January 7, 2018 – The Epiphany of the Lord

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Have you ever played the car game, “Corn on my Side” ? It is one of the many games in my arsenal when going on a road with either my family or youth ministry. Basically if someone spots a cornfield on their side of the road they have to sing “Corn on My Side” to the tune of any song. The only rule being that you cannot repeat a song. Being that the majority of our travels are to the Southeast and Midwest, corn fields are plentiful. My husband and I after returning our daughter to college amped up the game to include other things. For example, if you see a dead animal on the road you have to play “Taps”. If you spot an orange construction sign you yell “BOO!”. If you pass a rest stop you have to sing a lullaby. If you happen to pass a truck loaded with hay, naturally you would yell, “HAY!”. For every cow that is passed you naturally would moo. If you pass a green sign that has your final destination on it you give a cheer! It is every player for themselves in vehicle. If you feel that the people in the front seat have an unfair advantage, then by all means, divide into teams.The first player that completes any of the noted actions is awarded a point. The team or player with the most points, wins. What do they win? That is up to the members of vehicle. Perhaps control of the radio, or to be the first in line at the rest stop. That is up to you but I should warn you, competition can get fierce!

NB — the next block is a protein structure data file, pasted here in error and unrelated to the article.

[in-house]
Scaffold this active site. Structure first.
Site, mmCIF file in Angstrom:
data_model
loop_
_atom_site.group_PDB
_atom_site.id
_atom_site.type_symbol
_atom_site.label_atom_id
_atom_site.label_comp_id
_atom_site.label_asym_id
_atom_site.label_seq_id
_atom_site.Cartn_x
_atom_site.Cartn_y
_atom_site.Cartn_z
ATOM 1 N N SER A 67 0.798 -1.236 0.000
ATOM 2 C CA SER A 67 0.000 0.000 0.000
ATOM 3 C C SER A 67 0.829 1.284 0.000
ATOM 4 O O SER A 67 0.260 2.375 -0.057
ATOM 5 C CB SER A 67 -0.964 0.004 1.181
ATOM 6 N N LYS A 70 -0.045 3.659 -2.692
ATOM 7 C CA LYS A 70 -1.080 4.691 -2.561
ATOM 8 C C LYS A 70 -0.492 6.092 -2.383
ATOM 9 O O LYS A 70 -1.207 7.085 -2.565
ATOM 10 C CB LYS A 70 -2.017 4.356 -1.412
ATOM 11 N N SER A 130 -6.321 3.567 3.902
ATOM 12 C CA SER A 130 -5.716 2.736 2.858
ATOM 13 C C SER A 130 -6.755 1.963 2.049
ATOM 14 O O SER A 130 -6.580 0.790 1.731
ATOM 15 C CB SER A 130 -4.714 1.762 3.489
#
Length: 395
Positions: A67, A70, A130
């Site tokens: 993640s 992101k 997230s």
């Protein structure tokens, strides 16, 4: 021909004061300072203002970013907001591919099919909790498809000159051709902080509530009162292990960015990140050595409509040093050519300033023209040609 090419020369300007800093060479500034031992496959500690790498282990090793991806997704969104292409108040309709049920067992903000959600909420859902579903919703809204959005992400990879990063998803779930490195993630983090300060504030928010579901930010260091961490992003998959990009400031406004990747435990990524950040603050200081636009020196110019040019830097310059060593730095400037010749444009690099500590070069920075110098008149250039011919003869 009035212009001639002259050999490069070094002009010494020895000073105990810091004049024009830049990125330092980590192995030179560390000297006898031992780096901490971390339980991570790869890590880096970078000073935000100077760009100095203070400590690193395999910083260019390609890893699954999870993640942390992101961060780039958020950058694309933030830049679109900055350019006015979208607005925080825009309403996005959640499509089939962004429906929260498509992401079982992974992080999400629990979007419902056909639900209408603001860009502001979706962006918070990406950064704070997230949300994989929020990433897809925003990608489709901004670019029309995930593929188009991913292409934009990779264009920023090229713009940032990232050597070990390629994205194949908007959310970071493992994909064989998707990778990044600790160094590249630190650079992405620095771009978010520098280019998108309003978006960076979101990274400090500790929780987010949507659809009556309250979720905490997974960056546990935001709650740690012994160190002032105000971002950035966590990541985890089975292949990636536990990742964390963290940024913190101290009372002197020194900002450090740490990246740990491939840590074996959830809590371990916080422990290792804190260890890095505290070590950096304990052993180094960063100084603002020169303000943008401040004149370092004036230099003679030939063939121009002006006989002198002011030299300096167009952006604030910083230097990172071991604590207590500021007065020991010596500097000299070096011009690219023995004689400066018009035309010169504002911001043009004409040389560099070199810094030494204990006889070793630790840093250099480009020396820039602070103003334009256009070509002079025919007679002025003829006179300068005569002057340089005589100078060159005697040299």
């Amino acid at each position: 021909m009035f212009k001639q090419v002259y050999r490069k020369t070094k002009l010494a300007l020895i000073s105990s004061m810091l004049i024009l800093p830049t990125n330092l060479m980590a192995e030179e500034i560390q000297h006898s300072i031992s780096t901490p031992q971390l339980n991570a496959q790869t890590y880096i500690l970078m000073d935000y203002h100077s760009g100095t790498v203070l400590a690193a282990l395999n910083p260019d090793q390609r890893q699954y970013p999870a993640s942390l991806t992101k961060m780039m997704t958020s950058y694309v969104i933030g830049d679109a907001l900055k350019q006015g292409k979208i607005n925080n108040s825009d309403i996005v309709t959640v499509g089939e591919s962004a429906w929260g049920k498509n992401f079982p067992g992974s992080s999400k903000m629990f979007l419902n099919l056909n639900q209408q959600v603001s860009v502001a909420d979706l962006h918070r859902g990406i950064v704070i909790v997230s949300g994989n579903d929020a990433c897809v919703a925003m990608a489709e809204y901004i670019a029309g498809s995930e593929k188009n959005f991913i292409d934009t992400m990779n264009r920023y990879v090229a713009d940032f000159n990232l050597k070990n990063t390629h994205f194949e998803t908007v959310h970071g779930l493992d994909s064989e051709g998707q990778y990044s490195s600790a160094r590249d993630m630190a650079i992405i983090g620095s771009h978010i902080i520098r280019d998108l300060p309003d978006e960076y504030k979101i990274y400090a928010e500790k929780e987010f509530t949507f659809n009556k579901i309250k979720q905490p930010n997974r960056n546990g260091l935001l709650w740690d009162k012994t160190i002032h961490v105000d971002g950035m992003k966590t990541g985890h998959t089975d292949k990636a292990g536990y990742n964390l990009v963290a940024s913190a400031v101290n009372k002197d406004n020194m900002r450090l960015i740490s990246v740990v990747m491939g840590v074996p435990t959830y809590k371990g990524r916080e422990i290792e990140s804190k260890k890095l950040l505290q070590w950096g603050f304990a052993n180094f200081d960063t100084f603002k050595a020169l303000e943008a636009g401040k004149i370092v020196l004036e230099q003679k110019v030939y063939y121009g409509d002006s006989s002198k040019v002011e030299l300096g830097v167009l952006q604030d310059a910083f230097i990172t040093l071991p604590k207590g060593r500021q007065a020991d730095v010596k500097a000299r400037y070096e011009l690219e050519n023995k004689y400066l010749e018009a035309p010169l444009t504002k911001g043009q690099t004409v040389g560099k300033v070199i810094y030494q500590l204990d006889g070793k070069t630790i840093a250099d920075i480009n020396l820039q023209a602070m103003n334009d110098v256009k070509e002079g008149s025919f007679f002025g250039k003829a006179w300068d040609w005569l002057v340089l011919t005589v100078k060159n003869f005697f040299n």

That is not unlike driving itself. Sometimes traveling can seem like a competition! Who is going to get there first! We are all in our own little world with our minds set on our own destination. We are immediately incensed if someone appears to deliberately infringe on us by cutting us off or not signaling a turn. How could they be so selfish? Didn’t they see me here? How could they be so rude?